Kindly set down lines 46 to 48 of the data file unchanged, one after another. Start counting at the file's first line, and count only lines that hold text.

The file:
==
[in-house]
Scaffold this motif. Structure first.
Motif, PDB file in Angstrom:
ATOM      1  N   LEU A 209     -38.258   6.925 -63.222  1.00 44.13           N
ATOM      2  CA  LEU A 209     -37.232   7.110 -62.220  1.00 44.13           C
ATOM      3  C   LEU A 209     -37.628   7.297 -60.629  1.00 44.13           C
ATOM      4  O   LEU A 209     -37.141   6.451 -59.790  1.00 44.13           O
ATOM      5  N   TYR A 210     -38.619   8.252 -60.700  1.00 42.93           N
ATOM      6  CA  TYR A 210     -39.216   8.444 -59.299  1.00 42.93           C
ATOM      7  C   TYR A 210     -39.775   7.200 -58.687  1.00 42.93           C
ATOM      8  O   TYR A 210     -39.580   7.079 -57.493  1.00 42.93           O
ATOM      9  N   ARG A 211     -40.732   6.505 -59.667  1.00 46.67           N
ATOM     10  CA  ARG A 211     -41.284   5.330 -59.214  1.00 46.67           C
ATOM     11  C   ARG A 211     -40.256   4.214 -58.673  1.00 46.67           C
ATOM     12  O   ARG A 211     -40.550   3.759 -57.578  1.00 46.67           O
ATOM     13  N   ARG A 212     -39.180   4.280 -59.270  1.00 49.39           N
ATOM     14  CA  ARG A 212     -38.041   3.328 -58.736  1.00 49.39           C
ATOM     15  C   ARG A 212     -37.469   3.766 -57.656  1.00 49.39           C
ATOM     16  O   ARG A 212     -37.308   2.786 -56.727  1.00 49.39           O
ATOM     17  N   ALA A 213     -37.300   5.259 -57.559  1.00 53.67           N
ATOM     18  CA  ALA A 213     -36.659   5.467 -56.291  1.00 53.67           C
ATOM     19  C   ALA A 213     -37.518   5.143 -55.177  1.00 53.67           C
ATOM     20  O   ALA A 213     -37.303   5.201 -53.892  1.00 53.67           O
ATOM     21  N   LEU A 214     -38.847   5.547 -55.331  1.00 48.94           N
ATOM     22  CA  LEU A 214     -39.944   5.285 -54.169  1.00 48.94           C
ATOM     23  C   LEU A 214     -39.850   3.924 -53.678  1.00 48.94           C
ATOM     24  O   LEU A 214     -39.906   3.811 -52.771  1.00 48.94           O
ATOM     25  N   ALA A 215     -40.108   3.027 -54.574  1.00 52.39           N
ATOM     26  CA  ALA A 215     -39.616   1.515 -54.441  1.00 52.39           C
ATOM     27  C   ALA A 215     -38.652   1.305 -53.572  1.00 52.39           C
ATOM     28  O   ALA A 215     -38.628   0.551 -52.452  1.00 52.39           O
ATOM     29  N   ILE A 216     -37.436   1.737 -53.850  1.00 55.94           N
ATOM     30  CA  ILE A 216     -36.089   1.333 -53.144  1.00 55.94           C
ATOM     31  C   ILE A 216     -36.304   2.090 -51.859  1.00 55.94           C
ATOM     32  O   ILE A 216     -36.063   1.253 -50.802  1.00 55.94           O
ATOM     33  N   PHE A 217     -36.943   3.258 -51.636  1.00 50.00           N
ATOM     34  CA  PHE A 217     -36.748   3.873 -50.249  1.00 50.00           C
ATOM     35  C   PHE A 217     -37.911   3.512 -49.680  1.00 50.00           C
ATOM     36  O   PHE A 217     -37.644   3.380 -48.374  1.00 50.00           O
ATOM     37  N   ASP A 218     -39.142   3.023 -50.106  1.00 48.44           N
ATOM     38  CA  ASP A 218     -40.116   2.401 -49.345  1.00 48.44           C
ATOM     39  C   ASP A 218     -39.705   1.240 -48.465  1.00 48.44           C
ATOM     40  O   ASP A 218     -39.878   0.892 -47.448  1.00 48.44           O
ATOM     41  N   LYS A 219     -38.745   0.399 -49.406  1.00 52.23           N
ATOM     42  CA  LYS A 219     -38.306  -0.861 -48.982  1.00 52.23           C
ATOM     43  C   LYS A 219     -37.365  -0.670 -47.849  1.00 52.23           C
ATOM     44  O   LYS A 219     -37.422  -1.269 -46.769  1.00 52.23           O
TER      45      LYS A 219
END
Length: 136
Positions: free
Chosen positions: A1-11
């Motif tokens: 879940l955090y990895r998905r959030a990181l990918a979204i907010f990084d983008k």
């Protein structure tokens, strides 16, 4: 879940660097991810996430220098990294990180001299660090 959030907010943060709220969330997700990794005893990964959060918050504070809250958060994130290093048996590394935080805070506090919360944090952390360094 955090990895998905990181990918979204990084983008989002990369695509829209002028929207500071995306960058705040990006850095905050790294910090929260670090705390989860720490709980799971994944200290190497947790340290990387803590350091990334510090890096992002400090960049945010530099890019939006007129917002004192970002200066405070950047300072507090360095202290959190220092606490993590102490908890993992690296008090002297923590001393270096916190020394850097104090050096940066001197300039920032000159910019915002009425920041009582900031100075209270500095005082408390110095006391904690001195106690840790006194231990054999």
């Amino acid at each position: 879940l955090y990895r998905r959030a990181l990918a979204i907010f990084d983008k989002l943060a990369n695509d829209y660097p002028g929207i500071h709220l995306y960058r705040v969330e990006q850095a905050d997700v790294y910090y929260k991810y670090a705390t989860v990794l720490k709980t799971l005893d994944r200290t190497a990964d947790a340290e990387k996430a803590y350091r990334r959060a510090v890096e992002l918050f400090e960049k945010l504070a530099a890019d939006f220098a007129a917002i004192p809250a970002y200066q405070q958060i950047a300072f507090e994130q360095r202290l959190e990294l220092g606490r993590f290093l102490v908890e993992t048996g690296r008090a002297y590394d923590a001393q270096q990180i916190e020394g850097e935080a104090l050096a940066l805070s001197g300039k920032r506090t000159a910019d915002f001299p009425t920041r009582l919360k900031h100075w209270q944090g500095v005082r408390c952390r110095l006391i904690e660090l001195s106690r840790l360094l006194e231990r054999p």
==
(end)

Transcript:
ATOM     43  C   LYS A 219     -37.365  -0.670 -47.849  1.00 52.23           C
ATOM     44  O   LYS A 219     -37.422  -1.269 -46.769  1.00 52.23           O
TER      45      LYS A 219